As protesters around the world tear down monuments of slave traders and corporations eliminate brands linked to unpleasant stereotypes, Germany is facing a different purging effort.
Advocates and lawmakers are calling to remove the term “race” from the country’s constitution, saying the term is anachronistic at and fosters racist thinking.
There is an underlying uneasiness that Rasse — the term in German — is a holdover from the Nazis, whose obsession with a superior Aryan race laid the pseudo-scientific foundation for the Holocaust.
The country’s Basic Law, the constitution adopted in 1949 as a direct reaction to the horrors of World War II, states in Article 3 that “no person shall be favored or disfavored because of sex, parentage, race, language, homeland and origin, faith or religious or political opinions.”
“There are no races, there are only humans,” Green party coleader Robert Habeck and Aminata Toure, vice president of the Schleswig-Holstein state legislature, wrote in a joint article for Germany’s daily Tageszeitung. “It’s time we unlearn racism. A strong sign would be to cut the term ‘race’ from the Basic Law.”
The opposition Green party was quickly joined by other parties and the country’s minister of justice, and even German Chancellor Angela Merkel was “open” to the discussion, her spokesman told reporters in a news conference.
The Basic Law, initially thought to be merely provisional, has since become a central pillar of the identity of country where the atrocities of the Nazis made people avoid anything resembling national pride.
Instead, the term Verfassungspatriotismus — constitutional patriotism — emerged and judges have stressed in landmark rulings that the Basic Law with its list of civil rights was Germany’s U-turn answer to Nazism.
Rasse was a central term of Nazi ideology, built on the idea that “real Germans” belong to a superior “Aryan race,” and that Jews, blacks and others, including Sinti, Roma and people of Slavic origin, could be considered inferior.
Germany’s diversity increased after its government invited workers from southern Europe to help build Europe’s strongest economy in the 1950s and 1960s, and wider migration trends also added to the population. Still, the country does not register its residents’ skin color.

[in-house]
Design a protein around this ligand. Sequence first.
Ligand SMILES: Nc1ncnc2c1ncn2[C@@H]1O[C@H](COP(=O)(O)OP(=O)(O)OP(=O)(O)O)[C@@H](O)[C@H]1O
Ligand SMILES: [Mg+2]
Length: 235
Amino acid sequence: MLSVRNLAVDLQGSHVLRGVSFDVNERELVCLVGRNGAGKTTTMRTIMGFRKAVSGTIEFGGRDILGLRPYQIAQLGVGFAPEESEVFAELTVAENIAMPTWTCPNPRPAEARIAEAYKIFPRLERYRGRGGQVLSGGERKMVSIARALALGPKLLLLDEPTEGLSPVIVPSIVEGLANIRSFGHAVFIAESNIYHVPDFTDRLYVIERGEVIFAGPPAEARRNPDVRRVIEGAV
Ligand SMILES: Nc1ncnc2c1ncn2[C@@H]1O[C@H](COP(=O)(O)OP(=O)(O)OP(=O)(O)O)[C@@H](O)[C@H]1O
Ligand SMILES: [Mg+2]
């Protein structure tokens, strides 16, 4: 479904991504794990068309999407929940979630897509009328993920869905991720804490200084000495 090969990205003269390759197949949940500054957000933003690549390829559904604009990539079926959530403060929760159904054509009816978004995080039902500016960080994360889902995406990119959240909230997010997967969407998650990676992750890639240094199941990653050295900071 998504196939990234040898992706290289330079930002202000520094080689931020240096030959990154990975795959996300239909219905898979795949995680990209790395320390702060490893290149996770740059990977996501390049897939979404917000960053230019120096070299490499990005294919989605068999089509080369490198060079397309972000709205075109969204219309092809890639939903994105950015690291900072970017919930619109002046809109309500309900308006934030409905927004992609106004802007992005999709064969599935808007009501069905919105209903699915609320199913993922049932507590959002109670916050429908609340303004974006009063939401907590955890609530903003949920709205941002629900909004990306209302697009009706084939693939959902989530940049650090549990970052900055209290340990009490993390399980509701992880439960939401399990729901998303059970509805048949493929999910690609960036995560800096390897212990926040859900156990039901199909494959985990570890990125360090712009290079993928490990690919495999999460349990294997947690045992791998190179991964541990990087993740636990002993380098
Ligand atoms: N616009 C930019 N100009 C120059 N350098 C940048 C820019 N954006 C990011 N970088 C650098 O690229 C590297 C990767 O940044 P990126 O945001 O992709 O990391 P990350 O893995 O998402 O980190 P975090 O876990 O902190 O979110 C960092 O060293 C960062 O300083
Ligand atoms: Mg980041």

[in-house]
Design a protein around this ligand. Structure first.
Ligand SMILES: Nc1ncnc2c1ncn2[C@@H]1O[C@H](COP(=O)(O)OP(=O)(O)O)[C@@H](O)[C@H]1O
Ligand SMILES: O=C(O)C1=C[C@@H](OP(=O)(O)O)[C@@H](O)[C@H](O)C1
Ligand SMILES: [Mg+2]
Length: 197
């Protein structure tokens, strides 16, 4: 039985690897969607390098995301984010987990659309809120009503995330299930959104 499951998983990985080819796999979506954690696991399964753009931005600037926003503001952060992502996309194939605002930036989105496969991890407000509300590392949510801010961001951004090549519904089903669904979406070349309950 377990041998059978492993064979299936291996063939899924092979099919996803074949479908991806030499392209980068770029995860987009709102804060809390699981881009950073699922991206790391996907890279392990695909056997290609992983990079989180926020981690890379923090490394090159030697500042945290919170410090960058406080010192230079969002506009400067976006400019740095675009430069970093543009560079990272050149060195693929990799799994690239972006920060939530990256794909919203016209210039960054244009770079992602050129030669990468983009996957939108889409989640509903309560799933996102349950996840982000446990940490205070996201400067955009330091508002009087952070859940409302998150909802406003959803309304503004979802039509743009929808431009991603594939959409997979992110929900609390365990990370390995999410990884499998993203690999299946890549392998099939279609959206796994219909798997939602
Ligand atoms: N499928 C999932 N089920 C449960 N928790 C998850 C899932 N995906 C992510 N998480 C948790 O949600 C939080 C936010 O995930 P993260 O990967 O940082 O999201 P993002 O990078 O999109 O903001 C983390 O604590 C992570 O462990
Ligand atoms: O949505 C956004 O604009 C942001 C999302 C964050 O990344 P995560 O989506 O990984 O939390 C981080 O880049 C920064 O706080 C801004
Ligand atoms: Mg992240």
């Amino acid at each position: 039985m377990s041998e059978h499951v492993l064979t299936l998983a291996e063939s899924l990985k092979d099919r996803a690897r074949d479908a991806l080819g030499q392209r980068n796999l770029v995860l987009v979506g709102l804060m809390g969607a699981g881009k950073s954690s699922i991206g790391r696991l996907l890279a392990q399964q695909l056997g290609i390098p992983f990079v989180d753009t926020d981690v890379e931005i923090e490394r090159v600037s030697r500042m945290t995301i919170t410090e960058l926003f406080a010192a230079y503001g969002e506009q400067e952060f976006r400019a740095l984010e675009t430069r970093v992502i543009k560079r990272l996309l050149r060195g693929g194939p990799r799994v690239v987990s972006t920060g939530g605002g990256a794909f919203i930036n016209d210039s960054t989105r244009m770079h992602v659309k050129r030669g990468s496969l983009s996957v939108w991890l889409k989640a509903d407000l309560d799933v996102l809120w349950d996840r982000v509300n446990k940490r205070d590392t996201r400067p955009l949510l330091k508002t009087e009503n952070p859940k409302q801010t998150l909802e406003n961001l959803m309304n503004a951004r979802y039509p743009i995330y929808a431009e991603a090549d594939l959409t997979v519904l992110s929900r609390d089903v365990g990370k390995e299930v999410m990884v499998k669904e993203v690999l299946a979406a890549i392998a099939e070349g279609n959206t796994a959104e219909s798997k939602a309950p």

In 2018, about 20.8 million people, about one-quarter of the population, had a “migration background,” meaning either the person or one of their parents did not have German citizenship at birth, according to the country’s statistical office. Half of them are now German citizens.
Calls for changes in terminology are not really new. The German Institute for Human Rights, a Berlin-based think tank funded by the government, 10 years ago proposed to replace the term with language that bans racist action.
Some German states followed suit and changed their constitutions. On the federal level, Bundestag in 2012 debated a proposal by the opposition party Die Linke, but did not back the change.
The Initiative Schwarze Menschen in Deutschland, or ISD, an action group for blacks in Germany, in 2015 published an open letter endorsing the change proposal.
“This is less about cutting or not cutting a term, but more about what happens to people,” ISD spokesman Tahir Della said.
“That’s why we want to have language introduced that clearly shows this is about racism and about banning it, and that allows victims to sue,” he added.
Changing the German constitution requires the support of two-thirds of the members of both houses of the legislature. The Basic Law has been amended many times, so if the political will is there, it is not difficult to do.
The use of the term “race” leads to an unsolvable contradiction, as victims of racism are forced to define themselves as belonging to a race and thus to use racist terminology when invoking their rights, said Hendrik Cremer, author of the German Institute for Human Rights’s position paper on the issue.
“The language suggests that there are different races among humans. But only racist theories argue that. In the end, the term promotes racist thinking,” he said.
However, the term “race” is widely used in national and international anti-discrimination law. The EU in 2000 adopted rules to combat racism and the text of the directive uses “race” throughout.
However, the EU also included language in the document, saying it rejects theories that claim there are separate races.
Not everyone shares the call for changing the language.
Race has become a central term of anti-discrimination law internationally, said Cengiz Barkanmaz, a research fellow at the Max Planck Institute for Social Anthropology in Halle, Germany.
The term makes it easier to address discrimination. Changing the language would undermine the coherence of laws that always refer to commonly used social designations as a basis for discrimination, Barkanmaz said.
“I understand the irritations the term causes, especially in Germany. But the Basic Law doesn’t regulate race, instead it bans discrimination on the basis of race,” he said, adding that purging legal texts is a symbolic move and does not really entail real action against racism.
European courts have shown their ability to judge race cases properly and the black community in the US has used term to challenge legal practices that were discriminatory, Barkanmaz said.
Still, the uneasiness with the idea of race is also felt elsewhere.
France eliminated the term from its laws two years ago, and Austria, Sweden and Finland did so earlier, as a reaction to a EU directive.
The Zentralrat der Juden in Deutschland, the association of Jews in Germany, also advocates change.
The authors of the constitution were right to address racism, but their language was shaped by the times and is no longer adequate, Zentralrat president Josef Schuster said in a statement.
“Today, we should avoid the term race when we talk about humans,” Schuster said.
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